A major crisis situation will force the government to act immediately to solve the issue. Unemployment will not create a national crisis, however, certain events, if happened, could garner government attention. Sporadic reports of violent incidents related to unemployment are reported from across the country. Any major incident that gathers public attention can also force the government to act. While these are unpredictable windows, policy community must be ready to make use of the same.

Political Stream:

In the political stream, the government enjoys comfortable majority and highly popular mandate. Hence it will be difficult to force the government to undertake any policy measures. Further, the government might feel accepting such measured could be considered acceptance of failure.

Possible Policy Windows:

Existing Government –

Problem Stream: Recognition of the problem through measures as discussed above

Political Stream: Coupling of policy intervention with an existing initiative like Make in India

Change in Government –

Problem Stream: Recognition of the problem through measures as discussed above and political campaigns that highlight the issue

Political Stream: New government can take up this issue with strong political will

[1] “Unemployment in India A Statistical Profile September-December 2021,” Centre for Monitoring Indian Economy, accessed March 31, 2022,

[2] Maya John, “The Era of an Unemployed India,” The Hindu, March 28, 2022, sec. Lead,

[3] Rahul Pandey, “Unemployment at 45-Year High: India Living a Jobs Nightmare,” National Herald, January 30, 2020,

[4] Govindraj Ethiraj, “India’s Job Crisis ‘Biggest Challenge, Biggest Opportunity’: Naushad Forbes,” Business Standard India, March 25, 2022,

[5] “Rahul Gandhi Slams Centre over Increasing Unemployment | India News – Times of India,” accessed March 31, 2022,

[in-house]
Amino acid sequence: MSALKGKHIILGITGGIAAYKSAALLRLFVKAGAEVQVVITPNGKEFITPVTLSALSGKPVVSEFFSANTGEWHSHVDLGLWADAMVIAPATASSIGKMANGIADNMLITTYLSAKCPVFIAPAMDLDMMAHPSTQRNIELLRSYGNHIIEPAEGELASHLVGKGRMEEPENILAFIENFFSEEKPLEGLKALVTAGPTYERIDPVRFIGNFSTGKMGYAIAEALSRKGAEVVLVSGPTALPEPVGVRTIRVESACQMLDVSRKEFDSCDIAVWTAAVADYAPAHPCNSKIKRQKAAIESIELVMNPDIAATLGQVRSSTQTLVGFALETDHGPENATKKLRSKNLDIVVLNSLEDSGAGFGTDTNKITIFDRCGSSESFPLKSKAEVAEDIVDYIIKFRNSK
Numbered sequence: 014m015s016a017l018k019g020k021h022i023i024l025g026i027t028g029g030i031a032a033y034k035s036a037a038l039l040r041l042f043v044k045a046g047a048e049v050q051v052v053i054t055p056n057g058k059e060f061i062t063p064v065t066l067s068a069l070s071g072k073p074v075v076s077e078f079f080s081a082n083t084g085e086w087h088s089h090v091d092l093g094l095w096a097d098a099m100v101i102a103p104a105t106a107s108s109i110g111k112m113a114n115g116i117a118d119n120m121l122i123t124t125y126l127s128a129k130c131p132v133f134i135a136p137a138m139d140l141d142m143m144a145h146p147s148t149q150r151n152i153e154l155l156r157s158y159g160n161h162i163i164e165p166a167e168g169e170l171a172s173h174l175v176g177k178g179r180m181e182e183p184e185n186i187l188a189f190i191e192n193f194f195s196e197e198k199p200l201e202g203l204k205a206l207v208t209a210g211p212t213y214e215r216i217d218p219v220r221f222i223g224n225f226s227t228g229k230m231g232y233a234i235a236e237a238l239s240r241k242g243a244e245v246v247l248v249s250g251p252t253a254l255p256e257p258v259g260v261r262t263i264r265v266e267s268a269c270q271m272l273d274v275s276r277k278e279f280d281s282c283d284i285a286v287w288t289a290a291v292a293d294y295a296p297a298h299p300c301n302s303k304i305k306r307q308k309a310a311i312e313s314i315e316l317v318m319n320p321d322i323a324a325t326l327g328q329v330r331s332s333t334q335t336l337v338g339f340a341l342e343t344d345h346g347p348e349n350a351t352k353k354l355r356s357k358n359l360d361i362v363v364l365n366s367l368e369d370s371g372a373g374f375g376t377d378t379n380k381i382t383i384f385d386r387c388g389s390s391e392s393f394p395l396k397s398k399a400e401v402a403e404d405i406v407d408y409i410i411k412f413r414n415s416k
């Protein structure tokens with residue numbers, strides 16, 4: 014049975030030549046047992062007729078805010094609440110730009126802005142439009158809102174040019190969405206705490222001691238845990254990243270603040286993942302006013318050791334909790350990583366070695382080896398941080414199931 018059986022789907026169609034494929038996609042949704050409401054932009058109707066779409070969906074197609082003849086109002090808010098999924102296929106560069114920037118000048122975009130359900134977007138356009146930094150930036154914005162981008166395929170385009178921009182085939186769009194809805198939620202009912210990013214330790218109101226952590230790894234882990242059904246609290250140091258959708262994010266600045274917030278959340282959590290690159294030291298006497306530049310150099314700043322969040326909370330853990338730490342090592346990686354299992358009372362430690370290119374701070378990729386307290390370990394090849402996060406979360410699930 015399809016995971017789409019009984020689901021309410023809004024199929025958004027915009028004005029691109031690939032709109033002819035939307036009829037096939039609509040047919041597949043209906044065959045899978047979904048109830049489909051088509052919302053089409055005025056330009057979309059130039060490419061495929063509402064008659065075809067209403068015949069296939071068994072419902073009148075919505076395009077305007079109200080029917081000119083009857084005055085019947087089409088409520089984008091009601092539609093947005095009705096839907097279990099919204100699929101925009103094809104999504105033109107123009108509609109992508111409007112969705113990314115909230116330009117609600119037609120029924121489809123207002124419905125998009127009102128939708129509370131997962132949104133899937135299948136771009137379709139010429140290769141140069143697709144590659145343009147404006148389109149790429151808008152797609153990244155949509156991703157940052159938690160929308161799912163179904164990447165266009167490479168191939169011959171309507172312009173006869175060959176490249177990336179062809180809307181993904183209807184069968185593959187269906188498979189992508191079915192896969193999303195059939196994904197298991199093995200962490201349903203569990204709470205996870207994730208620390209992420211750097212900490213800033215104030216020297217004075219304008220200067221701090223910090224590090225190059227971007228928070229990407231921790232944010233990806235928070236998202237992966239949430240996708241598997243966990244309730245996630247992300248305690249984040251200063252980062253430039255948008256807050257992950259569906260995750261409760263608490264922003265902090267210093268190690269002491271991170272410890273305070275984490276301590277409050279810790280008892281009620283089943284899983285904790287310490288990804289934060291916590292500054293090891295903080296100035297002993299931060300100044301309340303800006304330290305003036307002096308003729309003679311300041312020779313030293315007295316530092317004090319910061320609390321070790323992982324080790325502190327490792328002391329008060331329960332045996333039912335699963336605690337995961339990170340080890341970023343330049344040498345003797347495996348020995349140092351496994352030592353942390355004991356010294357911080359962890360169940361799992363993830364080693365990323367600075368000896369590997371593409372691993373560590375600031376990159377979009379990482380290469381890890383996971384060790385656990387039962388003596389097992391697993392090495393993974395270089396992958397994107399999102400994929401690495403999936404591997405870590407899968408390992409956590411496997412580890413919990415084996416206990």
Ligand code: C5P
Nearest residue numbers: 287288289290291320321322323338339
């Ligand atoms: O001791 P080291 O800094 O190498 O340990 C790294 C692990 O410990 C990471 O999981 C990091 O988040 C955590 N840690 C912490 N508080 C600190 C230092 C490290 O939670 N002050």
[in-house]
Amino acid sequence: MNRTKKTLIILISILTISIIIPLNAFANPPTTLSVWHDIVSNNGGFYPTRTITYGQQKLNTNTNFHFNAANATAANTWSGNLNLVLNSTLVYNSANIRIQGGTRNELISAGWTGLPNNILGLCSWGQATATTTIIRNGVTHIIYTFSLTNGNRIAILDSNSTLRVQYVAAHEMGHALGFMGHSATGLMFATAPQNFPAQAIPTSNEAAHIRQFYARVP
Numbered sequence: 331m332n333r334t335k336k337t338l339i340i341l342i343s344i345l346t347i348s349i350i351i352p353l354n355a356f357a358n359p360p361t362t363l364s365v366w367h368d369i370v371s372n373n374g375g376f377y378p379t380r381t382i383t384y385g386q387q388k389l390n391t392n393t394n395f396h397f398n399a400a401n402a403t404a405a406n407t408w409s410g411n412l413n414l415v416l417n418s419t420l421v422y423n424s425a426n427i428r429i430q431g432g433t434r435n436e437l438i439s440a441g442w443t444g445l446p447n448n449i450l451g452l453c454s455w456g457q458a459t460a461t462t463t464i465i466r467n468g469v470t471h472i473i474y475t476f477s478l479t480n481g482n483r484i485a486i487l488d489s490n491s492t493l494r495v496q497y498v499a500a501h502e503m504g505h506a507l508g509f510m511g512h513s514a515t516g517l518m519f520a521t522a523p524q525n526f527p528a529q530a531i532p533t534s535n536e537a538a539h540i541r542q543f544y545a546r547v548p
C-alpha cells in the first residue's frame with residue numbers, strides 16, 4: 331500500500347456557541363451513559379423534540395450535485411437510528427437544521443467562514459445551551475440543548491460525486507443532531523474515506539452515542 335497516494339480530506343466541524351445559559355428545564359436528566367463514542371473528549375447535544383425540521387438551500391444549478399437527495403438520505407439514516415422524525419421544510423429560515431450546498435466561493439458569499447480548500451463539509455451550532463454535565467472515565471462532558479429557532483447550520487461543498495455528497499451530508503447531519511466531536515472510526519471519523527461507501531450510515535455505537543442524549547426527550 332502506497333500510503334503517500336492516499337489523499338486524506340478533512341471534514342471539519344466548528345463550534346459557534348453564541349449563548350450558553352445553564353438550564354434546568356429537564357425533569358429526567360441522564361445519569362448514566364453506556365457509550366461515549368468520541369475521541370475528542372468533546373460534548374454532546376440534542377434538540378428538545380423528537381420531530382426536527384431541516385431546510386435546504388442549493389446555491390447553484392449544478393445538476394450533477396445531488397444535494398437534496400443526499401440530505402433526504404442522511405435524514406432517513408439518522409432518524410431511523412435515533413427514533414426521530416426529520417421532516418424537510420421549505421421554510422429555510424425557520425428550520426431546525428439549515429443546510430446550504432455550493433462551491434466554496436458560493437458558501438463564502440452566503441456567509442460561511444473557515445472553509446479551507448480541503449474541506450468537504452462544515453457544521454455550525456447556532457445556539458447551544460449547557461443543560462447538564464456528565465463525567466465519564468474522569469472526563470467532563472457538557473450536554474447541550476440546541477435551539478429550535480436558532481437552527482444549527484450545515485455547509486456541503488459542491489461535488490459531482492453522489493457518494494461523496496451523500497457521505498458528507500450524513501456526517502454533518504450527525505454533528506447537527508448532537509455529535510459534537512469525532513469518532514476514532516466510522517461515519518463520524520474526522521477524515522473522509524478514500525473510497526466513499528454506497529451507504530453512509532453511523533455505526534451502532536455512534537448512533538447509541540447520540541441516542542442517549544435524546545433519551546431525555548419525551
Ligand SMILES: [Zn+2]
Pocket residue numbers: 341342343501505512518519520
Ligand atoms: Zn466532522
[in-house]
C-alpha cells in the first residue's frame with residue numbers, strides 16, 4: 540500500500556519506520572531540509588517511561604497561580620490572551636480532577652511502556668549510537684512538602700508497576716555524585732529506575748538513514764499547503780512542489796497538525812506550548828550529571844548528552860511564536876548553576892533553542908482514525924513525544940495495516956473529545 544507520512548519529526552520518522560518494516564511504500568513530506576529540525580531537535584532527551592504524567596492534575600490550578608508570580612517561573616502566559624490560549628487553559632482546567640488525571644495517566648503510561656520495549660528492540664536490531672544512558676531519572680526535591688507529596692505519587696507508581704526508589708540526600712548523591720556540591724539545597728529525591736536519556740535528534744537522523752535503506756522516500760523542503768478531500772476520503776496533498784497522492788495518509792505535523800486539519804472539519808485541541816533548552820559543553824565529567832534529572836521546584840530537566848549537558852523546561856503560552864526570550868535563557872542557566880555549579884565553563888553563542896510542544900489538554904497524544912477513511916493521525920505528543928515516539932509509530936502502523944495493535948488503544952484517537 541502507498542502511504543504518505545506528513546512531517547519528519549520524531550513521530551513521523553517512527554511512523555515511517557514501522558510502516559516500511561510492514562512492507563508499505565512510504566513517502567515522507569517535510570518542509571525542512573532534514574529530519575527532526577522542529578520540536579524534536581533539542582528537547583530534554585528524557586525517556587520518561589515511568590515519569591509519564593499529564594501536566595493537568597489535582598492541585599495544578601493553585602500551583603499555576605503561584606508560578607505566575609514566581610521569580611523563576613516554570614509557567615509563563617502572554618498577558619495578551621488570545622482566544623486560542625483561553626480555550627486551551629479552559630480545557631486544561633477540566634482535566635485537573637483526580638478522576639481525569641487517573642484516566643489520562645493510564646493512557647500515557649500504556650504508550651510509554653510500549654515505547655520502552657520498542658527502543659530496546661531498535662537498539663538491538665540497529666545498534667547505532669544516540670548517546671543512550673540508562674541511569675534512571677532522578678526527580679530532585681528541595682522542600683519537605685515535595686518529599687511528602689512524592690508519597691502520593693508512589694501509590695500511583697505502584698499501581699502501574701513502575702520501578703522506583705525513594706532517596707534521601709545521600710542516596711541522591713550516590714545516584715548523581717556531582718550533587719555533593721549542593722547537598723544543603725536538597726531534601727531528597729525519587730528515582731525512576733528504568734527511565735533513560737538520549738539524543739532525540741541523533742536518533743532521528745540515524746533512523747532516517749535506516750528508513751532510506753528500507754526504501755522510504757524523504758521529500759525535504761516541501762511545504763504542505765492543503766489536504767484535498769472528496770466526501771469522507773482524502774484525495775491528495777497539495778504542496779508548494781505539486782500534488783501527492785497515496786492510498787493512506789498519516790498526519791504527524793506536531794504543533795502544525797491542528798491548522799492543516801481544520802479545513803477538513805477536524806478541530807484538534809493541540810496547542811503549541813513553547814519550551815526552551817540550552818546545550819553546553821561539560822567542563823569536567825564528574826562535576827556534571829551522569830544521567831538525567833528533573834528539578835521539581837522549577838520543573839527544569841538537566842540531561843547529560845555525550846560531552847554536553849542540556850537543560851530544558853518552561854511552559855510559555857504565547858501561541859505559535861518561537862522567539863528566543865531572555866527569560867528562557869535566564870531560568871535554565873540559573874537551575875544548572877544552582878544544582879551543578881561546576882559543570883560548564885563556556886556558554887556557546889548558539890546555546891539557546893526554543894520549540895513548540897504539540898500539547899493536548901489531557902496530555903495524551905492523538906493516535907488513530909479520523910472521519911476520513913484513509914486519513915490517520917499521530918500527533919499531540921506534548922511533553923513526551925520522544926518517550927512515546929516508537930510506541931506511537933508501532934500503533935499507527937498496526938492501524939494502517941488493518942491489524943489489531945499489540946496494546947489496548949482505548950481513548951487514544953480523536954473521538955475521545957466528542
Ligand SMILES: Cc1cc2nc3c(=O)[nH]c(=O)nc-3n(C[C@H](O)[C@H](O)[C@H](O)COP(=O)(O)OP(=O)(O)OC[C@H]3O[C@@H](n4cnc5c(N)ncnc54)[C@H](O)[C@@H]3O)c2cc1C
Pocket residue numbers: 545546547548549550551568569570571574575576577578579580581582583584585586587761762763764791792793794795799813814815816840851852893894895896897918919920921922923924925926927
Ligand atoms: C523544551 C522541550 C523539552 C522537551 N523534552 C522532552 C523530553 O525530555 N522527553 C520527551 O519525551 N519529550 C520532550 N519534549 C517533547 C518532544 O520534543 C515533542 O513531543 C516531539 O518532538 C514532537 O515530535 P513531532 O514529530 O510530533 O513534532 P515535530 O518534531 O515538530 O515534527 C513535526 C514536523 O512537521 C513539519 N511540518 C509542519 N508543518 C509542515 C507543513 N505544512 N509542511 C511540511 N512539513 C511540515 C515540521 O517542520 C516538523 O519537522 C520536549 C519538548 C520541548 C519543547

[6] Press Trust of India, “SP Only Party to Raise Issue of Unemployment in Polls: Mulayam Singh Yadav,” Business Standard India, March 4, 2022,

[7] “Number Theory | Protests over Railway Jobs Are a Grim Reminder of the State of India’s Job Market,” Hindustan Times, January 28, 2022,

[8] “UP: Youth Organisations Protest Against Unemployment, Demand CM Fill Up Vacant Posts,” The Wire, accessed March 31, 2022,

[9] “There Is No Unemployment in the Country, Only the Congress Prince Is Unemployed: Tejasvi Surya in Lok Sabha,” The Indian Express (blog), February 10, 2022,

[10] “Unemployment down, Back to Pre-Covid Level: Sitharaman Counters Opposition Criticism,” The Indian Express (blog), February 11, 2022,

[11] “Economic Survey,” accessed March 31, 2022,

[12] Ethiraj, “India’s Job Crisis ‘Biggest Challenge, Biggest Opportunity.’”

[13] Malini Goyal et al., “Will Jobs Actually Be Top of Mind When India Casts Its Vote in This Lok Sabha Elections?,” The Economic Times, March 31, 2019,

[14] Swaminathan A. Aiyar, “Why Did Rising Unemployment Not Hurt Prime Minister Narendra Modi?,” The Economic Times, June 5, 2019,

[15] “Labor Force Participation Rate, Total (% of Total Population Ages 15+) (Modeled ILO Estimate) – India | Data,” accessed March 31, 2022,